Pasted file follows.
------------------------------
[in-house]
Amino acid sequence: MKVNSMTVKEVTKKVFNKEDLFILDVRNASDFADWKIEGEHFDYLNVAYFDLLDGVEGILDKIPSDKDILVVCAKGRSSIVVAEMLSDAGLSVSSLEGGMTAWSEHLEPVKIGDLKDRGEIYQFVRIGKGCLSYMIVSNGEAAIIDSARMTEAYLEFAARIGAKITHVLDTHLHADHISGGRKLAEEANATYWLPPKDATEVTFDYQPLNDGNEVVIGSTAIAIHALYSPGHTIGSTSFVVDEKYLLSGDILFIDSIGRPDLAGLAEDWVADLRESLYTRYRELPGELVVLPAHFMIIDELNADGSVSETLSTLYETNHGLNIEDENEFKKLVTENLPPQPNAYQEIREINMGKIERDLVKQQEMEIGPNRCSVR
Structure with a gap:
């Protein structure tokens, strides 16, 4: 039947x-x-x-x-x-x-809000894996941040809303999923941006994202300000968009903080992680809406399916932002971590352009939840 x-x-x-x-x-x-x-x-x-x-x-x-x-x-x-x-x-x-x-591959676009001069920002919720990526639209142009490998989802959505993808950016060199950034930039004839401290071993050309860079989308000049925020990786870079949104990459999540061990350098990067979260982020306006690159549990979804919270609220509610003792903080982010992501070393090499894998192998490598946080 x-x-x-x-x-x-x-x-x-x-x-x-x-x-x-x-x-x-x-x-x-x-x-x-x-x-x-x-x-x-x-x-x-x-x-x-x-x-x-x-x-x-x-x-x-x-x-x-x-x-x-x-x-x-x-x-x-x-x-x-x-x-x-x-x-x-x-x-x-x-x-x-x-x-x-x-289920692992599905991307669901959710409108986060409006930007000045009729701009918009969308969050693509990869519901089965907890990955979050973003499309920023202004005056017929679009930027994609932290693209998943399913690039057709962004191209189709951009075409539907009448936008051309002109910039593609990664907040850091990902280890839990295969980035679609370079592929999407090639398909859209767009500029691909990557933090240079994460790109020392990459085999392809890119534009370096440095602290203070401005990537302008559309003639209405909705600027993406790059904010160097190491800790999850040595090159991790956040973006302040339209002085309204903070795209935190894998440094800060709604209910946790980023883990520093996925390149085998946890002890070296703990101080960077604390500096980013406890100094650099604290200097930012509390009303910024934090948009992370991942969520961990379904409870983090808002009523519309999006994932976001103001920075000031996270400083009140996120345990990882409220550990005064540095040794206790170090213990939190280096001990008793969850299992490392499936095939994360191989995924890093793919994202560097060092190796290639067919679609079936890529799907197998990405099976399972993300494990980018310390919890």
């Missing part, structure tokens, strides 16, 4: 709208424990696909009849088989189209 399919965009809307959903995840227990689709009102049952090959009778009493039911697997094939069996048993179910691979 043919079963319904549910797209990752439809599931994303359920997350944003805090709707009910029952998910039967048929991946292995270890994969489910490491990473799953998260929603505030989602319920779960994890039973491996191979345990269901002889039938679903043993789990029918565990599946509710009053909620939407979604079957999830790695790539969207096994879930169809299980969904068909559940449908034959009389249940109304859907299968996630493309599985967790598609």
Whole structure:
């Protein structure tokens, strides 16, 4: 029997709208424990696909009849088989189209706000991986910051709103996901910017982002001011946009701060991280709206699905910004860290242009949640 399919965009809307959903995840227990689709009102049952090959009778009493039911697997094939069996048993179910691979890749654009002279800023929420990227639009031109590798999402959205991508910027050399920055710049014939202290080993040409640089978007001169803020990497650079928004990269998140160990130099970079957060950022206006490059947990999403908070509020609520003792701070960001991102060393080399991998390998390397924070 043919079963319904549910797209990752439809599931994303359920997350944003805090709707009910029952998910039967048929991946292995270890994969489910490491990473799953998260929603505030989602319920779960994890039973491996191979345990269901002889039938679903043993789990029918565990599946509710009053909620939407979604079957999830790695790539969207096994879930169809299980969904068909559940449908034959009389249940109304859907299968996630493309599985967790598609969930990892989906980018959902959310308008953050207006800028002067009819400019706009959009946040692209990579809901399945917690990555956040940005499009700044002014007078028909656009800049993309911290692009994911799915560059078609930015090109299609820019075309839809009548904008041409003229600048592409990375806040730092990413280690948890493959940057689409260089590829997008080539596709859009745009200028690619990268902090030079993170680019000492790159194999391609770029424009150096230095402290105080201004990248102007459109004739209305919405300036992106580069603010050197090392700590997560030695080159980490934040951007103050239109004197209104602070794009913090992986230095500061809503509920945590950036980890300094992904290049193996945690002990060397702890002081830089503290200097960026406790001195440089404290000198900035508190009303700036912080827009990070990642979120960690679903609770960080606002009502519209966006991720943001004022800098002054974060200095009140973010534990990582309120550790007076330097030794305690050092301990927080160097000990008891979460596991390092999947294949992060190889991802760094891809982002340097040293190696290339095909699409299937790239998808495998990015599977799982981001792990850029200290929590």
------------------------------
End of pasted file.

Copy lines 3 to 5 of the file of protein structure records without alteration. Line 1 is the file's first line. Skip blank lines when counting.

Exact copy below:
Structure with a gap:
């Protein structure tokens, strides 16, 4: 039947x-x-x-x-x-x-809000894996941040809303999923941006994202300000968009903080992680809406399916932002971590352009939840 x-x-x-x-x-x-x-x-x-x-x-x-x-x-x-x-x-x-x-591959676009001069920002919720990526639209142009490998989802959505993808950016060199950034930039004839401290071993050309860079989308000049925020990786870079949104990459999540061990350098990067979260982020306006690159549990979804919270609220509610003792903080982010992501070393090499894998192998490598946080 x-x-x-x-x-x-x-x-x-x-x-x-x-x-x-x-x-x-x-x-x-x-x-x-x-x-x-x-x-x-x-x-x-x-x-x-x-x-x-x-x-x-x-x-x-x-x-x-x-x-x-x-x-x-x-x-x-x-x-x-x-x-x-x-x-x-x-x-x-x-x-x-x-x-x-x-289920692992599905991307669901959710409108986060409006930007000045009729701009918009969308969050693509990869519901089965907890990955979050973003499309920023202004005056017929679009930027994609932290693209998943399913690039057709962004191209189709951009075409539907009448936008051309002109910039593609990664907040850091990902280890839990295969980035679609370079592929999407090639398909859209767009500029691909990557933090240079994460790109020392990459085999392809890119534009370096440095602290203070401005990537302008559309003639209405909705600027993406790059904010160097190491800790999850040595090159991790956040973006302040339209002085309204903070795209935190894998440094800060709604209910946790980023883990520093996925390149085998946890002890070296703990101080960077604390500096980013406890100094650099604290200097930012509390009303910024934090948009992370991942969520961990379904409870983090808002009523519309999006994932976001103001920075000031996270400083009140996120345990990882409220550990005064540095040794206790170090213990939190280096001990008793969850299992490392499936095939994360191989995924890093793919994202560097060092190796290639067919679609079936890529799907197998990405099976399972993300494990980018310390919890």
């Missing part, structure tokens, strides 16, 4: 709208424990696909009849088989189209 399919965009809307959903995840227990689709009102049952090959009778009493039911697997094939069996048993179910691979 043919079963319904549910797209990752439809599931994303359920997350944003805090709707009910029952998910039967048929991946292995270890994969489910490491990473799953998260929603505030989602319920779960994890039973491996191979345990269901002889039938679903043993789990029918565990599946509710009053909620939407979604079957999830790695790539969207096994879930169809299980969904068909559940449908034959009389249940109304859907299968996630493309599985967790598609």